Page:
Portfolio transformation propels robust M&A activity as real estate, hospitality and construction executives address unprecedented disruption
In our outlook six months ago, we anticipated that an overwhelmingly positive economic landscape, supported by strong fundamentals, would propel vigorous M&A activity into 2018. The results of our most recent mergers and acquisitions report, the Global Capital Confidence Barometer suggest that this prediction has been accurate. At the time, we detected a cresting of real estate values and a recognition that the market was starting to price in rising interest rates, which had a corresponding effect of driving down real estate values. This created a gap in valuations between public and private markets.
Consequently, almost half (46%) of real estate, hospitality and construction (RHC) executives are expecting to pursue deals in the next 12 months, and more than two-thirds (68%) expect the M&A market to improve within the sector.
The real estate industry is impacted by supply and demand as much as any rise and fall of the economy. Consequently, the continued strength in the US economy has operated as a tailwind for the sector. As a result, the business cycle has fueled more development and the addition of new supply to the market. However, the undisciplined nature and quantity of the new supply has meant that some owners and operators have been limited in their ability to push rents up the way they had been able to in prior years. After all, new robust supply inevitably leads to shadow inventory. This may explain the enduring, though more tempered, confidence in the economic outlook within the sector as RHC executives shift their attitude slightly from improving to stable (55% see the sector economy as improving vs. 66% six months ago).
Divestment plays a key role in portfolio optimization for RHC companies
The additional supply, combined with disruptive trends across the sector, is dramatically altering the RHC landscape. Hospitality executives are having to contend with the exponential rise in popularity of accommodation sharing sites. E-commerce is having a material impact on the retail space market. Meanwhile, the coworking model, which is substantially altering how organizations use office space, is disrupting the demand for traditional office space.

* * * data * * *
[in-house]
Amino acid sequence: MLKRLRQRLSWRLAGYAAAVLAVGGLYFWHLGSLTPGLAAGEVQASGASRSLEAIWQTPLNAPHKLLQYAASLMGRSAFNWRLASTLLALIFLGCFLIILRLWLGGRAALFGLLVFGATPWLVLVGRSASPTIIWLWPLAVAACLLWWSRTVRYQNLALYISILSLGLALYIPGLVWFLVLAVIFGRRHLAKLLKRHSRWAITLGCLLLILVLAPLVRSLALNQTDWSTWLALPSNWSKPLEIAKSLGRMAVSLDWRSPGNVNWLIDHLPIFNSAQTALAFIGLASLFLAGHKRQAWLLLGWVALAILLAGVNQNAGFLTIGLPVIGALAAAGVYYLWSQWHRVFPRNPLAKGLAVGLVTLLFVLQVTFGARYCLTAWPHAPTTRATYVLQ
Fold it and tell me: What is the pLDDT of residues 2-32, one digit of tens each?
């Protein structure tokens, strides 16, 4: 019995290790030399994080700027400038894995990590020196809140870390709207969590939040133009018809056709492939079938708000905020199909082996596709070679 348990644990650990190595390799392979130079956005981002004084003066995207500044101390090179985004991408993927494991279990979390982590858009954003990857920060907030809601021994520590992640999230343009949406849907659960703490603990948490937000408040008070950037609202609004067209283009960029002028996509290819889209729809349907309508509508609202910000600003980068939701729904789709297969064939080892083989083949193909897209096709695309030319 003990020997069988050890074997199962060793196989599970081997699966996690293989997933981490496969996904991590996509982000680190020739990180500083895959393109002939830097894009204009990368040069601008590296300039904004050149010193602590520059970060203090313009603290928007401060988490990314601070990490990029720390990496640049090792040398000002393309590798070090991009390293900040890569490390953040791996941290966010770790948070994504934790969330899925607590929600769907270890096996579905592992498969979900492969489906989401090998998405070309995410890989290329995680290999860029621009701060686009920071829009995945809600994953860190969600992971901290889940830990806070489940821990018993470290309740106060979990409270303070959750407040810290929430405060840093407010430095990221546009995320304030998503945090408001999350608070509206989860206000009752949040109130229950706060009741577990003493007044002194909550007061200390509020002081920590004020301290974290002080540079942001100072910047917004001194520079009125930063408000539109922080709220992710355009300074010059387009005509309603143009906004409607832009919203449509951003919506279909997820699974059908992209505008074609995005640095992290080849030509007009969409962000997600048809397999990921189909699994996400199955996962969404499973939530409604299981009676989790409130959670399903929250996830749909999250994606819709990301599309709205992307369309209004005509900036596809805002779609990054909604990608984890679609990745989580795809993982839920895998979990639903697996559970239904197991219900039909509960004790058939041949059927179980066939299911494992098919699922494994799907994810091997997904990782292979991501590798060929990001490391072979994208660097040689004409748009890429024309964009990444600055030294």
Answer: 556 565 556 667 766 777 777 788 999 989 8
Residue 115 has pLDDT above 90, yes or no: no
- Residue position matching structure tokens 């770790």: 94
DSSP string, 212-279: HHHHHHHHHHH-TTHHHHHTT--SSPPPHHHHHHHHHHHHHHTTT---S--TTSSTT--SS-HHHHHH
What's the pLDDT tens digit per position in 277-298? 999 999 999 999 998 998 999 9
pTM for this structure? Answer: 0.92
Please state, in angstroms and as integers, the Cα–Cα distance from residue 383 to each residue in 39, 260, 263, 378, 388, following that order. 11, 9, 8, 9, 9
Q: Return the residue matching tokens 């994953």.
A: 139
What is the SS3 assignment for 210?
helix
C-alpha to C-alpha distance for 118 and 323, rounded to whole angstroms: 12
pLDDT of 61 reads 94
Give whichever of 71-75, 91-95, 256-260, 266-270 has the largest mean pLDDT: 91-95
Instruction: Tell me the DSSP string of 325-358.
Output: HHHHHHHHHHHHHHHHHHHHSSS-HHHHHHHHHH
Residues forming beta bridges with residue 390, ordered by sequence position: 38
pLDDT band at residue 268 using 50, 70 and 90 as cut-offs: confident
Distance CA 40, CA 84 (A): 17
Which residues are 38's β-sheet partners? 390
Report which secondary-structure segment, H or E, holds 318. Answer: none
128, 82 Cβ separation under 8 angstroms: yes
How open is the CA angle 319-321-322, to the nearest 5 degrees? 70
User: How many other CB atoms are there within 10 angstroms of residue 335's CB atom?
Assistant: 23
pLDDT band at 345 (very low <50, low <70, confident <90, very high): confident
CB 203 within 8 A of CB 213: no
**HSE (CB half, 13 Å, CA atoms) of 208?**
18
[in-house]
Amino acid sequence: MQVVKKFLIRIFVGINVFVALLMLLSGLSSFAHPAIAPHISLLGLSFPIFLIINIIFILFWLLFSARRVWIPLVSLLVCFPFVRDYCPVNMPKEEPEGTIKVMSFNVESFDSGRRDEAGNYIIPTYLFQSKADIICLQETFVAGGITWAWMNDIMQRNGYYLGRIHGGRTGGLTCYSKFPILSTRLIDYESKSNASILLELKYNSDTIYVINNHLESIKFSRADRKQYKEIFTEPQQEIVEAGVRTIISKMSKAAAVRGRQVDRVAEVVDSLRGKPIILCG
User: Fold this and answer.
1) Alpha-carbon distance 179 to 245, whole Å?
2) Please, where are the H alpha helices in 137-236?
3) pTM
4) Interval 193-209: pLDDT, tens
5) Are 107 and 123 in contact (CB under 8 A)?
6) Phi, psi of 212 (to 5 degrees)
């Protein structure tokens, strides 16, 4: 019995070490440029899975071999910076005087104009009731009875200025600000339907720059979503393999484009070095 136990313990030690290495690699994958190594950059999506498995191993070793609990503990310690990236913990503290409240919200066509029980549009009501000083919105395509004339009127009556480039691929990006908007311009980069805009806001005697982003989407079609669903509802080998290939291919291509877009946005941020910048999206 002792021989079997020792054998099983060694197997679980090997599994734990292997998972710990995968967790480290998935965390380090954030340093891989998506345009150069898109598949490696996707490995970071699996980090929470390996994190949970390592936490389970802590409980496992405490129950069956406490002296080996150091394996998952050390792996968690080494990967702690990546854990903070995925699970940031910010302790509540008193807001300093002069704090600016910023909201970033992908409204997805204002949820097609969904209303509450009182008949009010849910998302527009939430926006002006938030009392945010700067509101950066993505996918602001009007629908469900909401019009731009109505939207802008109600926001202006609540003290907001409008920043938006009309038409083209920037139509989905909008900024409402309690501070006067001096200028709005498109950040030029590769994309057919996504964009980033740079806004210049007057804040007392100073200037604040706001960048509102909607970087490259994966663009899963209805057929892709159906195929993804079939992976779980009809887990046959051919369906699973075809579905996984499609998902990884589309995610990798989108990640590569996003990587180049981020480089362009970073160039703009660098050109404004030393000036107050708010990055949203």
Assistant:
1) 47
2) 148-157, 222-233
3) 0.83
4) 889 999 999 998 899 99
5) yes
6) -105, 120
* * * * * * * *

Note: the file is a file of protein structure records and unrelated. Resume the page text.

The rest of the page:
In response, RHC companies are reviewing their portfolio mix; 69% of RHC executives acknowledge that portfolio transformation is the most prominent issue on the boardroom agenda. The paramount need to reshape portfolios in an era of accelerating change means a shift to an almost continuous assessment of current operations, risks and opportunities. Threats from digitally enabled competitors and startups, combined with changing customer behaviors, has led one-third of RHC companies to review their portfolios more frequently than they did three years ago. As a result of these reviews, 65% say their companies have identified underperforming or assets at risk of disruption that are ripe for divestment, something 44% of RHC executives think activist shareholders will be agitating for, and something 71% of respondents say they intend to execute within the coming year.
Rising interest rates — the elephant in the room
Although the overall optimism RHC executives share both at a macroeconomic level and in terms of the M&A outlook is robust, the elephant in the room is rising interest rates. Yet, only 10% of RHC respondents saw this as the biggest risk to their current investment plans.
The RHC industry is in its ninth year of expansion. This is almost unprecedented for a real estate cycle. In this time, interest rates have remained low, while values have reached an all-time high. Given the late cycle, veterans are carefully watching how things unfold and analyzing their portfolio and lease duration to determine which may fare better in an inflationary environment. For the short to medium term, investors are sending some cautionary signals. We'll see which way the wind is blowing when we survey RHC executives again six months from now.